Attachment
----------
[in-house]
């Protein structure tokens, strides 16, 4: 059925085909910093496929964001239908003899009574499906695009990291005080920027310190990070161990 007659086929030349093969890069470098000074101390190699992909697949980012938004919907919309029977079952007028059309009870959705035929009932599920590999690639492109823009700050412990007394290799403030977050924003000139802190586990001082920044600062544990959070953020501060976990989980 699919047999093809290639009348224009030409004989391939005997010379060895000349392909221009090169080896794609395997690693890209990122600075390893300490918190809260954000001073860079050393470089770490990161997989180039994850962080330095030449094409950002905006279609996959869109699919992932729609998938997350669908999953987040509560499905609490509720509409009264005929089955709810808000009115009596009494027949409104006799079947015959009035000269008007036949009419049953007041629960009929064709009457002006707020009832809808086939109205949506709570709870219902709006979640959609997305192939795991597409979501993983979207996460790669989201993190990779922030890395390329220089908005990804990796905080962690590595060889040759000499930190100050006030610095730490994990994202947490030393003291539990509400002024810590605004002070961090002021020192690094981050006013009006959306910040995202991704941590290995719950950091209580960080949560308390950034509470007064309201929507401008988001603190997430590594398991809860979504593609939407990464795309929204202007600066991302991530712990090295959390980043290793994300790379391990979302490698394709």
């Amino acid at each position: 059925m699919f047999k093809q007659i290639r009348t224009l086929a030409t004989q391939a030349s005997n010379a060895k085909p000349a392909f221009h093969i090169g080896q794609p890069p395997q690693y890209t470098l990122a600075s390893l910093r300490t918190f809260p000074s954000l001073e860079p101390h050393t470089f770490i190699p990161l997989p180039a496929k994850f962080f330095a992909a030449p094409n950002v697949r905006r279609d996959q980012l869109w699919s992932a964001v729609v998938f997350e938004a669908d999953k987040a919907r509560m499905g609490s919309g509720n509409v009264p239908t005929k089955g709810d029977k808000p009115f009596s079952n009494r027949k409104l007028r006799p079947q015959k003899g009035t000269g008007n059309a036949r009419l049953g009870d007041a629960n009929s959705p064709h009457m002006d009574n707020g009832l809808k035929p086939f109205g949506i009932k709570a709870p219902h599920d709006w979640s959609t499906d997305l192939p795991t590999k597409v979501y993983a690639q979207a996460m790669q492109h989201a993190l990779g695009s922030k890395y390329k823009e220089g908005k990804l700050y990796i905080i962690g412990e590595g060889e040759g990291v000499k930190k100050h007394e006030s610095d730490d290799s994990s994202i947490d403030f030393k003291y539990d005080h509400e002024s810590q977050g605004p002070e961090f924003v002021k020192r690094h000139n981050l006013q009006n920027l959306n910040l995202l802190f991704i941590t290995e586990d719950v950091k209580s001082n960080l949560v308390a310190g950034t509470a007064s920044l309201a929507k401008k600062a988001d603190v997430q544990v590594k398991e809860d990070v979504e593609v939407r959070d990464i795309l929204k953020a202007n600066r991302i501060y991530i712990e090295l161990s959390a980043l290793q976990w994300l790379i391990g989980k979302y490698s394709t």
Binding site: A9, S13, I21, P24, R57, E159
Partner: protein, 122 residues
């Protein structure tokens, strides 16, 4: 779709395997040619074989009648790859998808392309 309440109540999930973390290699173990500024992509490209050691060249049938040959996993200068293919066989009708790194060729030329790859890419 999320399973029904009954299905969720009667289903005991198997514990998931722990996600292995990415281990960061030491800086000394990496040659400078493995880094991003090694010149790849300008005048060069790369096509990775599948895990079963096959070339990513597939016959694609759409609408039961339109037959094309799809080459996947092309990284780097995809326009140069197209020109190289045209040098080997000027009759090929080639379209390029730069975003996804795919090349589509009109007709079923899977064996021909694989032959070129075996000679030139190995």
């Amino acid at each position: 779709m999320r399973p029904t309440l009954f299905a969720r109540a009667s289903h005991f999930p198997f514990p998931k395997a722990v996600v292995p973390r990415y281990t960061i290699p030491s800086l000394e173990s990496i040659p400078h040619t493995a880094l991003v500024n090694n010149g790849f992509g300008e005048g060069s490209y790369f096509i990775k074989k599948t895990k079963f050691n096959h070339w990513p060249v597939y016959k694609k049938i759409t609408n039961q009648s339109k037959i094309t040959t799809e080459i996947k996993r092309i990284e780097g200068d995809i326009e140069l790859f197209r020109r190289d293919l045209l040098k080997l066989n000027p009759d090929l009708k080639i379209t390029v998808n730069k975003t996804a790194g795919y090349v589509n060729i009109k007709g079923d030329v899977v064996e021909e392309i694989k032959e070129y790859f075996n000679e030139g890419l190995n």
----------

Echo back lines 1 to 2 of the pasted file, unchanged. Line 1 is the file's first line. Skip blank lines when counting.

[in-house]
């Protein structure tokens, strides 16, 4: 059925085909910093496929964001239908003899009574499906695009990291005080920027310190990070161990 007659086929030349093969890069470098000074101390190699992909697949980012938004919907919309029977079952007028059309009870959705035929009932599920590999690639492109823009700050412990007394290799403030977050924003000139802190586990001082920044600062544990959070953020501060976990989980 699919047999093809290639009348224009030409004989391939005997010379060895000349392909221009090169080896794609395997690693890209990122600075390893300490918190809260954000001073860079050393470089770490990161997989180039994850962080330095030449094409950002905006279609996959869109699919992932729609998938997350669908999953987040509560499905609490509720509409009264005929089955709810808000009115009596009494027949409104006799079947015959009035000269008007036949009419049953007041629960009929064709009457002006707020009832809808086939109205949506709570709870219902709006979640959609997305192939795991597409979501993983979207996460790669989201993190990779922030890395390329220089908005990804990796905080962690590595060889040759000499930190100050006030610095730490994990994202947490030393003291539990509400002024810590605004002070961090002021020192690094981050006013009006959306910040995202991704941590290995719950950091209580960080949560308390950034509470007064309201929507401008988001603190997430590594398991809860979504593609939407990464795309929204202007600066991302991530712990090295959390980043290793994300790379391990979302490698394709």